The U.S. Food and Drug Administration has accused a company of not investigating the hundreds of complaints received that EpiPen the anti-allergy device misfired during emergencies that can be life-threatening, including in cases in which the person later died.
The shocking revelation is in a warning letter that the FDA sent to a Pfizer division that makes the EpiPens for Mylan another pharmaceutical giant.
The letter cites several regulator violations that are related to the EpiPen manufacturing that were discovered during inspections made in February and March of 2017, at a facility in Missouri, which Meridian Medical Technologies a subsidiary of Pfizer, operates.
At the same facility producing the EpiPen, which earlier in the year had been recalled following a pair of reports of the misfiring of the auto-injector devices, when that recall ended, which is in the FDA letter, there were not any reports released to the public of any deaths associated with the use of the EpiPens.
EpiPens deliver doses of epinedrine to users who at the time are suffering a possibly fatal allergic reaction called anaphylaxis.
Mylan’s EpiPen leads in sales by a wide margin out of the auto-injectors that contain epinedrine. The letter from the FDA to Meridian indicated that patients can suffer severe illness or die, if the auto-injectors fail to operate as they should, or fail to deliver the correct dose of the drug.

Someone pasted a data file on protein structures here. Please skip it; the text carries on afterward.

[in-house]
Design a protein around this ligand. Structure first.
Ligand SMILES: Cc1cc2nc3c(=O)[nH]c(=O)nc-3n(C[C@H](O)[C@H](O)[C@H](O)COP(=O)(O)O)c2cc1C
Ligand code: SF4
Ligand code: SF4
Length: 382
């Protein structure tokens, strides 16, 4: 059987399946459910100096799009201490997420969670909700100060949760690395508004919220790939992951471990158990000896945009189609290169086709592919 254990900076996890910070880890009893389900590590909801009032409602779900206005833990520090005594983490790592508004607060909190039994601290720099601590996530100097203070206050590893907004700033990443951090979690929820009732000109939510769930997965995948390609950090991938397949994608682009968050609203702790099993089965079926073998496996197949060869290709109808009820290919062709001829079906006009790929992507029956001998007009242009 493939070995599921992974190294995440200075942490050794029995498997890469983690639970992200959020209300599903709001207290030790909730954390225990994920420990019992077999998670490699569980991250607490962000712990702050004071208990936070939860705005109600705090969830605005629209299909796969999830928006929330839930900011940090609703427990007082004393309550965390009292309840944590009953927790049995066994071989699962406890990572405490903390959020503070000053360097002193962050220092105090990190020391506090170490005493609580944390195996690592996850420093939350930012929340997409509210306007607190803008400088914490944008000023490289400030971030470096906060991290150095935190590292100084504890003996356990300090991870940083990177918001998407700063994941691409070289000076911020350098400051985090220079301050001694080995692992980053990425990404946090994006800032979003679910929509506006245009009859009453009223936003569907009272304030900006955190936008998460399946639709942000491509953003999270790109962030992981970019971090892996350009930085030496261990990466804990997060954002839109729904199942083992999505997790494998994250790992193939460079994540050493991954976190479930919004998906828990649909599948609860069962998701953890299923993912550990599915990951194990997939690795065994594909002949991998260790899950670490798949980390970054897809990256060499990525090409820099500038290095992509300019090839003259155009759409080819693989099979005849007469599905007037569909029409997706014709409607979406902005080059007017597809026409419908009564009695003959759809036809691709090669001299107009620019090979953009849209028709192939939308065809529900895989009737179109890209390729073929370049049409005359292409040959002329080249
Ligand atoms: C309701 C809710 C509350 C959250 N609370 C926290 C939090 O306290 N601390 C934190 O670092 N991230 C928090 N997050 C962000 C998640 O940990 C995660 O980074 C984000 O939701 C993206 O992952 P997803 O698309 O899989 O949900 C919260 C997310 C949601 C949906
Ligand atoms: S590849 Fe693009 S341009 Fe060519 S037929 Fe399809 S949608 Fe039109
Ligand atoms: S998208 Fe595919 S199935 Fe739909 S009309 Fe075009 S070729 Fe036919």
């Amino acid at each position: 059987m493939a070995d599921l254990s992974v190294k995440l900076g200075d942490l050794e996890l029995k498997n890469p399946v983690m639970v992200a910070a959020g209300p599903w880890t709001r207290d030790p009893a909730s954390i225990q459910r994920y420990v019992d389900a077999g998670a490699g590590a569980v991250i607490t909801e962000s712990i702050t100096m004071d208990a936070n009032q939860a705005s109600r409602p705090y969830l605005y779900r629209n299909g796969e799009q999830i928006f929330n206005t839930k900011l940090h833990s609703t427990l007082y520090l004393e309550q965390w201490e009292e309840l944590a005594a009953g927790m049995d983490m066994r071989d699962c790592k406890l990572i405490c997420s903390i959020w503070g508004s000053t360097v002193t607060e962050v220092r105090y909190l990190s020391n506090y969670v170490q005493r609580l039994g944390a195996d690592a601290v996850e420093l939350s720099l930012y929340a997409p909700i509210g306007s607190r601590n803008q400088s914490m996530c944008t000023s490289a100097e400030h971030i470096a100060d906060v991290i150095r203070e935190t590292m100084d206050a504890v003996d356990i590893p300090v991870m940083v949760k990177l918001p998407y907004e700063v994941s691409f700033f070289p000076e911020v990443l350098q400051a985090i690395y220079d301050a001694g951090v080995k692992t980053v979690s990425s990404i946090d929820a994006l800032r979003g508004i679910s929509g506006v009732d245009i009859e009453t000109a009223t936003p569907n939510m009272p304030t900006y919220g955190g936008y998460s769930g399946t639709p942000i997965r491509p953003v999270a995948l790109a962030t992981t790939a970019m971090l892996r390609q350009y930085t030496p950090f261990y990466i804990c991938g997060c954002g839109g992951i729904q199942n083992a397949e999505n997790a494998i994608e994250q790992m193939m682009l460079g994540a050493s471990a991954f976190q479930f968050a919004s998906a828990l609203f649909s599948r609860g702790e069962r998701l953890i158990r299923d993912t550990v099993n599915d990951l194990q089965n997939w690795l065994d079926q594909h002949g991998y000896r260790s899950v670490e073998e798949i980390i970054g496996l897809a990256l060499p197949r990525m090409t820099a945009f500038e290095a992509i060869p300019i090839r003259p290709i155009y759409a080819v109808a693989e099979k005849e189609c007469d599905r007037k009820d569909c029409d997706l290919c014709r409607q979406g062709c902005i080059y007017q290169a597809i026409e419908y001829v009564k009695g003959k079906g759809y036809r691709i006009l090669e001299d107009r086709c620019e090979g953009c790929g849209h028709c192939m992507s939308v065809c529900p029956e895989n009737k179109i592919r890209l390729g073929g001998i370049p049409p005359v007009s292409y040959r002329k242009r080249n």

The FDA added in the letter that the company failed to investigate thoroughly the multiple serious product and component failures for the EpiPens, including the failures that were associated with severe illness and deaths of patients.
The letter noted that the company’s own data shows it had received hundreds of complaints that the EpiPen products had failed to operate in emergencies that had been life-threatening, including situations where the user had subsequently died.
Several of the complaints received involved the failure of the EpiPen to activate even though the user followed the instructions, said the FDA letter.
From 2014 to 2015, Meridian records indicated that the company received 171 samples of EpiPens that were related to user complaints and had failed to activate even though the patient had followed the operational instructions properly.
The federal regulator agency noted Meridian has disassembled just a small fraction of the 171 samples received, and when asked why only a small quantity, a company official in quality control had told FDA inspectors it had been the policy not to disassemble the EpiPens unless management had approved.